Airdrie author writes inspiring children’s book
By: Allison Chorney
| Posted: Thursday, Apr 10, 2014 11:33 am
Airdronian Katie Mackrory, 27, is using a University of Calgary (U of C) school project to help foster understanding and respect for other’s beliefs and cultures in her children’s ebook Little Tommy Big Beliefs.
The book started as a school project for the U of C social worker student, who was told she was to do a presentation to the class on religious oppression. As a result of the project Mackrory penned her first book, which is about a curious little boy named Tommy who is grocery shopping with his mom when he comes across people wearing various religious symbols. Tommy’s mom helps him understand why people wear the symbols and how the symbol is a part of that faith.
“The purpose of the book is that people can be different but you can still love them and show them respect,” Mackrory said.
The book, which is written and illustrated by Mackrory, is geared towards toddlers to age eight and includes information on Catholic, Buddhist, Aboriginal and atheist beliefs to name a few.
Tommy encounters a cross, a kipa, a turban, and ideas of karma along his journey and is taught to show love to others by simply waving, saying hi or smiling.
“It’s a simple story but it’s mostly to be informational or educational,” the author said.
The book has been fact-checked by members of each religious and spiritual community included in the book to make sure the information and illustrations presented are true to the beliefs they depict.
Mackrory said the idea behind the book came from two fronts: the Facebook group Airdrie Moms, which Mackrory is a part of due to her experience as a child youth councillor, and comments made by Calgary Mayor Naheed Nenshi.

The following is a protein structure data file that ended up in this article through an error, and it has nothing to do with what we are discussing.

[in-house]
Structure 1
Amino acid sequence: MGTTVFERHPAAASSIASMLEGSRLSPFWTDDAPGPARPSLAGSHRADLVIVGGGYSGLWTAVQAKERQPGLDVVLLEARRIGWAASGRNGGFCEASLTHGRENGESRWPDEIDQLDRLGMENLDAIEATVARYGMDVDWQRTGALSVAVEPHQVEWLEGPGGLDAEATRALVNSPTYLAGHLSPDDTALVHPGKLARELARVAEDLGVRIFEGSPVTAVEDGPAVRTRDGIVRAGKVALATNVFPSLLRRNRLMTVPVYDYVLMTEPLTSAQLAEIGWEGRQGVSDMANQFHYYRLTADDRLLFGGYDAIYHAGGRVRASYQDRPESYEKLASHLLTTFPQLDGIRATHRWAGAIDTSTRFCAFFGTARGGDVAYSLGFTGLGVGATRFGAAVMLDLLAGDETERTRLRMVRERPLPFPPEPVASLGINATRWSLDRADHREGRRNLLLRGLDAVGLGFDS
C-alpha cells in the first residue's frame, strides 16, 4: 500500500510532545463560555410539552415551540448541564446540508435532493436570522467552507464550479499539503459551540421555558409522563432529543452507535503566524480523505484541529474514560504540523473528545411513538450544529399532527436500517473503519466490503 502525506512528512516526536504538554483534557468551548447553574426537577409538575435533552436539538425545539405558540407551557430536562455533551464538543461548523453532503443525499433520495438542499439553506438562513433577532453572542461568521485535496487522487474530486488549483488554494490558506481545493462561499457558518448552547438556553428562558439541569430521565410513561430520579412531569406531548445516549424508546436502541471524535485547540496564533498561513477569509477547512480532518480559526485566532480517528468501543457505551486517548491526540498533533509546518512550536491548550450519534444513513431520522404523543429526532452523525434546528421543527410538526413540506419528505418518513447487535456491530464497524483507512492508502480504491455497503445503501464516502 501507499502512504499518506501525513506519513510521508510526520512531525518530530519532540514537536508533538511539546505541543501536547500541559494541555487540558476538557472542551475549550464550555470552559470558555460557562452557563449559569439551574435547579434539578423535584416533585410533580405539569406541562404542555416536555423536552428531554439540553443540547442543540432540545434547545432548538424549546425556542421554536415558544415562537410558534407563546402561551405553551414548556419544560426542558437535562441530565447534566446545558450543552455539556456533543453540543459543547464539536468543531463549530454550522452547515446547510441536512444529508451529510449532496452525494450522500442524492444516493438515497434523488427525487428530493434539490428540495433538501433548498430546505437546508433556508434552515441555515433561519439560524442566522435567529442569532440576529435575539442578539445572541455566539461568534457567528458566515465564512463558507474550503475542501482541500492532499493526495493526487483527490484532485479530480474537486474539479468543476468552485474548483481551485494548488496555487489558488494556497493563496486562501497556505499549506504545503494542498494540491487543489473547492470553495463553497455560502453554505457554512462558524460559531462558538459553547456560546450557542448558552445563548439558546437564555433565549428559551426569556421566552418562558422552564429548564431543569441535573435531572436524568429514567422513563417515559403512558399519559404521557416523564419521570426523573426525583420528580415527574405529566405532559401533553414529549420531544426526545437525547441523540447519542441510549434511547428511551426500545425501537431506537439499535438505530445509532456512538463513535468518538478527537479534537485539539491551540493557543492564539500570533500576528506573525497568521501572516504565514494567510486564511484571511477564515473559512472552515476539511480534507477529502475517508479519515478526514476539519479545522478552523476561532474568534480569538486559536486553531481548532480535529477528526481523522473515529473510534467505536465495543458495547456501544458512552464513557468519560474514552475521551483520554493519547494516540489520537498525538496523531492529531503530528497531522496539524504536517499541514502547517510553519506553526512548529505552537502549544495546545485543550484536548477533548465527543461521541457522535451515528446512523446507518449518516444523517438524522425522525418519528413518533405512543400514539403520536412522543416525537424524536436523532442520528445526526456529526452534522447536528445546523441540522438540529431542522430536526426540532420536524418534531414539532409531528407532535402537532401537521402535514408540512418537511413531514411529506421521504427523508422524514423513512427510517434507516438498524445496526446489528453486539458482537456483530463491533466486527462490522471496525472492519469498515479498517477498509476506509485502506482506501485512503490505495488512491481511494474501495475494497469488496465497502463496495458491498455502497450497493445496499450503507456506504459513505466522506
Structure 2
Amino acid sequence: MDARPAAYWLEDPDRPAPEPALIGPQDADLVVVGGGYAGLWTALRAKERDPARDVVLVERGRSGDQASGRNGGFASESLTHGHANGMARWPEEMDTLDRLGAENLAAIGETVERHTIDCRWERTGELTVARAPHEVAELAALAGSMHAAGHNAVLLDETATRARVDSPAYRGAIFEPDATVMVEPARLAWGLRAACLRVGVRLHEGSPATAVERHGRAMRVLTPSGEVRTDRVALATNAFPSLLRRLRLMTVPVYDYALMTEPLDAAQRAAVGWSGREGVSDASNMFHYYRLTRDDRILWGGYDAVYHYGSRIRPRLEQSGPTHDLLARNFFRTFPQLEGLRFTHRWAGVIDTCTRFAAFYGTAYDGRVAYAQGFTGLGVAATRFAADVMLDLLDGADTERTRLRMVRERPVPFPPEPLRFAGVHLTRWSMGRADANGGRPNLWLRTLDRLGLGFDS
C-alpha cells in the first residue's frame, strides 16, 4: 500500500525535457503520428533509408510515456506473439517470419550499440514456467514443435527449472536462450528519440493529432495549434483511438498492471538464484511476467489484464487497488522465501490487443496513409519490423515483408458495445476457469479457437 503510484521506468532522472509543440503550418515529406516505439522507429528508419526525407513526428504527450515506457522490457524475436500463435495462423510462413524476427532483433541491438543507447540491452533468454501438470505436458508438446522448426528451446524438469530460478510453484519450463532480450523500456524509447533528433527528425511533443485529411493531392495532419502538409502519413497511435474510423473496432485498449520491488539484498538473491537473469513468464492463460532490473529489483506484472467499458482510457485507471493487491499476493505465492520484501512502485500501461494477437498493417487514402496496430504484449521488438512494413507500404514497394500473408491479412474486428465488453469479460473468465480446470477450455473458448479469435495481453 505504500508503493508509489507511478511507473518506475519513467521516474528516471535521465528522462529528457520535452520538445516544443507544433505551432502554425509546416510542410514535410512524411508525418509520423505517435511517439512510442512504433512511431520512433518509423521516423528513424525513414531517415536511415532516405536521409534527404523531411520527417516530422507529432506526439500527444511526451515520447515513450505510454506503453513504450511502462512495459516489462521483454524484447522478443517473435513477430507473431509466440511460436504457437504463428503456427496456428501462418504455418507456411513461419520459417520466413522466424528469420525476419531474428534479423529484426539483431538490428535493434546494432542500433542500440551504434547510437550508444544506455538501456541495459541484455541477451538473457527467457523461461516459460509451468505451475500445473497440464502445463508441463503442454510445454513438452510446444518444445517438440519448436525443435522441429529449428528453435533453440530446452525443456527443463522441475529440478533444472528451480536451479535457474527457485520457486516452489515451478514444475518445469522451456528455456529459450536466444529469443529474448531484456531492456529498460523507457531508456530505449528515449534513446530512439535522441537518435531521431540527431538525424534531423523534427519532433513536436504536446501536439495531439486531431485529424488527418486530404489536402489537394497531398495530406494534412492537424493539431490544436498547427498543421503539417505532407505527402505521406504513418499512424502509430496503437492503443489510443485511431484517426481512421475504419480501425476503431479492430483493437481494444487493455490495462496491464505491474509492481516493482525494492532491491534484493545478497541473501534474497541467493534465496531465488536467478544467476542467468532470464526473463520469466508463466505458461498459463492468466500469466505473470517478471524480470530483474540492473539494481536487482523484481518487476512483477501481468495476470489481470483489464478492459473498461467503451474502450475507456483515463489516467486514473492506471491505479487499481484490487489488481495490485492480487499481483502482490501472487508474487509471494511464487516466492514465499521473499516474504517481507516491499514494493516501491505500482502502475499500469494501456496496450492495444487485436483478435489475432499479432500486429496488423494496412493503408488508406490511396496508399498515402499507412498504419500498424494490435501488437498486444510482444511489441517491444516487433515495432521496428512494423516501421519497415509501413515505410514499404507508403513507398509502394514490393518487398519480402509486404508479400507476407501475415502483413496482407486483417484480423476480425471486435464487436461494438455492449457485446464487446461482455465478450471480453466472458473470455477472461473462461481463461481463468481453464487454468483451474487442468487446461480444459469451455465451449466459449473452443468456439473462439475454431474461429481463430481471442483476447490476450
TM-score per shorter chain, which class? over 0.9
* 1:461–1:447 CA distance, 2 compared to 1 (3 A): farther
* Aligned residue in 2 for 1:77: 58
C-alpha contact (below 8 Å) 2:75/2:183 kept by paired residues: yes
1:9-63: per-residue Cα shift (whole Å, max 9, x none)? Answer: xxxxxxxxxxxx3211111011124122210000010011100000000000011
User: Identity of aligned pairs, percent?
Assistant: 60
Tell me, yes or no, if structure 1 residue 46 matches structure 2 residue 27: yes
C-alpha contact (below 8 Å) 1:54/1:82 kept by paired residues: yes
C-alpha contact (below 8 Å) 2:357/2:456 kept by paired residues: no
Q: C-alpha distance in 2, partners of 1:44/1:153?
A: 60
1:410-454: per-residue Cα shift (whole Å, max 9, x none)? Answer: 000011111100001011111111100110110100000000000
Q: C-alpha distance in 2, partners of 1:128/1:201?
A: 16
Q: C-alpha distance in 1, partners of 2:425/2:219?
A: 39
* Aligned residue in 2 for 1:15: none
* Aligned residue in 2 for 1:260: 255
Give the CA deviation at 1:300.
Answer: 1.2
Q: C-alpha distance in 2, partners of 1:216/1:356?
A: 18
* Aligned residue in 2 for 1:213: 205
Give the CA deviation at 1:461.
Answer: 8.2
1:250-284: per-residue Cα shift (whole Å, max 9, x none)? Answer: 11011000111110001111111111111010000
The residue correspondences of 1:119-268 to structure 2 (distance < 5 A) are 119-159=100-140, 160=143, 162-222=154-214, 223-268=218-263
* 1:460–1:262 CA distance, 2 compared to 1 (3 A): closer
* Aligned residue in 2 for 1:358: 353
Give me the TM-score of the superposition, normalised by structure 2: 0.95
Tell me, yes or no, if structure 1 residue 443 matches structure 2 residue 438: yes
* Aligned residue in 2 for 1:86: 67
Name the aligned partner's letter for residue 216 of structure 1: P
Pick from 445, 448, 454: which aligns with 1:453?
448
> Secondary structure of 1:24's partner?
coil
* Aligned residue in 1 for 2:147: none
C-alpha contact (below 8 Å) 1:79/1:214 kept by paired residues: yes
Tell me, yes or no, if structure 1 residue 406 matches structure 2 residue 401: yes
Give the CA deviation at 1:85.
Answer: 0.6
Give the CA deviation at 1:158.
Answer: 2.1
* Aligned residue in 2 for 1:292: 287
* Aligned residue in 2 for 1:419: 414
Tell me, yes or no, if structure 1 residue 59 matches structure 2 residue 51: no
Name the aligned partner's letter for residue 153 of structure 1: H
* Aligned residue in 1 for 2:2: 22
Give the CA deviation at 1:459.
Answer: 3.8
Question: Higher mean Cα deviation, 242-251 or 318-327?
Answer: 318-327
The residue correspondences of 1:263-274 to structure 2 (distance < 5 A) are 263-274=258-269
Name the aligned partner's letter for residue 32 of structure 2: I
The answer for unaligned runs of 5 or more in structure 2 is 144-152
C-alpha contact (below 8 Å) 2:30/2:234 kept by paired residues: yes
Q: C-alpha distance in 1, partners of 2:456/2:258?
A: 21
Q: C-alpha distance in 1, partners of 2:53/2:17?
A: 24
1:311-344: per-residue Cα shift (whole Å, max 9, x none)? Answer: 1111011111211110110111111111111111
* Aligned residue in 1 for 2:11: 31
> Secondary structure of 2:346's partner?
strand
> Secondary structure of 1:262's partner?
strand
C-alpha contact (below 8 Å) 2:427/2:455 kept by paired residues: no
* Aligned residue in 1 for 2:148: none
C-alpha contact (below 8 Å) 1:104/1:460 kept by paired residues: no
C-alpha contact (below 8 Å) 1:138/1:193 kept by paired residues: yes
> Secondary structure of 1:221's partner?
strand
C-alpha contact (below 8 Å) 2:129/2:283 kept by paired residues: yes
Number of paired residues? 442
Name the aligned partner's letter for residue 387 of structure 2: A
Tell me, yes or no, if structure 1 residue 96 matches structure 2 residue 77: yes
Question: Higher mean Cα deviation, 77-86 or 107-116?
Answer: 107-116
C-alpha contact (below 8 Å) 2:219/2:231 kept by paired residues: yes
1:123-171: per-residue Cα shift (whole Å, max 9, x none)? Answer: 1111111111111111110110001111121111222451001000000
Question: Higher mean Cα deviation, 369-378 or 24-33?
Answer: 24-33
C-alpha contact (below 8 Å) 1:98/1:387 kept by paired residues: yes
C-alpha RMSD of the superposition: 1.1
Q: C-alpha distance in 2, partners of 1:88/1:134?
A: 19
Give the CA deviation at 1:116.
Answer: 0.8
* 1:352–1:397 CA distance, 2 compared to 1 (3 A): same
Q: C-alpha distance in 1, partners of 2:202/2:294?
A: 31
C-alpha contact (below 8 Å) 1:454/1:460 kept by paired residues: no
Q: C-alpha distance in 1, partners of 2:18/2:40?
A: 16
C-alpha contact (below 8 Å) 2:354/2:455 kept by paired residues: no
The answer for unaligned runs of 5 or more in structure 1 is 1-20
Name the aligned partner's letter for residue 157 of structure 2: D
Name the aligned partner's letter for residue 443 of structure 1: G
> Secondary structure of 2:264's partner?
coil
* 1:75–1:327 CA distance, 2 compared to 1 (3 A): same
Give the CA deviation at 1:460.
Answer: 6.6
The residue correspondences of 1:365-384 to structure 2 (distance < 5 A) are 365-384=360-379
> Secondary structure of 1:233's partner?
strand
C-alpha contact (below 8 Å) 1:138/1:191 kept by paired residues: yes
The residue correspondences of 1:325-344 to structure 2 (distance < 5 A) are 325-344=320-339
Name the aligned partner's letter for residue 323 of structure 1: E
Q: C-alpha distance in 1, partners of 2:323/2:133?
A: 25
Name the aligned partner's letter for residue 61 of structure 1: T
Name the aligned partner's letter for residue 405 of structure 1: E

She said she asked Airdrie Moms members if they had ever come across a children’s book geared on informing others on cultures and encouraging acceptance.
When the group members couldn’t think of anything, Mackrory said, “why not make one?”
Her inspiration from Nenshi came when she heard his reaction to Quebec’s proposed legislation that would reportedly ban public servants from wearing religious symbols. Nenshi responded by inviting Quebecers facing the ban to come to Calgary where Nenshi said they would be accepted.
Mackrory said she thinks kids can be “tainted by their communities” if that community doesn’t instill values of acceptance and respect.
“Misinformation can create a lot of confusion for kids,” she added.
The book, which is available at smashwords.com, is $4.99, and all the proceeds from the book will go towards the U of C’s on-campus multi-faith hub, the Faith and Spirituality Centre. The Centre provides students, staff and faculty faith-based programs, events and support from various faith traditions.
“I don’t know why I should get money from other people’s beliefs,” Mackrory said of the donation.
“It’s not a fabricated story, it’s sharing other people’s truths. I want to give back to their communities.”
Aside from giving the proceeds from the book to the multi-faith centre, Mackrory said she has two other goals for the book: to get the right information to kids at a young age and act as a political statement for the future social worker.
“This is how we want our communities to look,” she said of the statement of accepting other’s beliefs.
“We want people to feel comfortable in their community.”
Mackrory moved from Calgary to Airdrie in August of last year and is in the third year of her program at the U of C.
She has dedicated the book to the graduating class of 2015, which is when Mackrory will graduate, because she said her classmates have all been very supportive of the book.
“I think (the book) can create a change in the future if kids know all the facts,” Mackrory said.
For more information on the book, visit facebook.com/littletommybigbeliefs or smashwords.com and search Little Tommy Big Beliefs.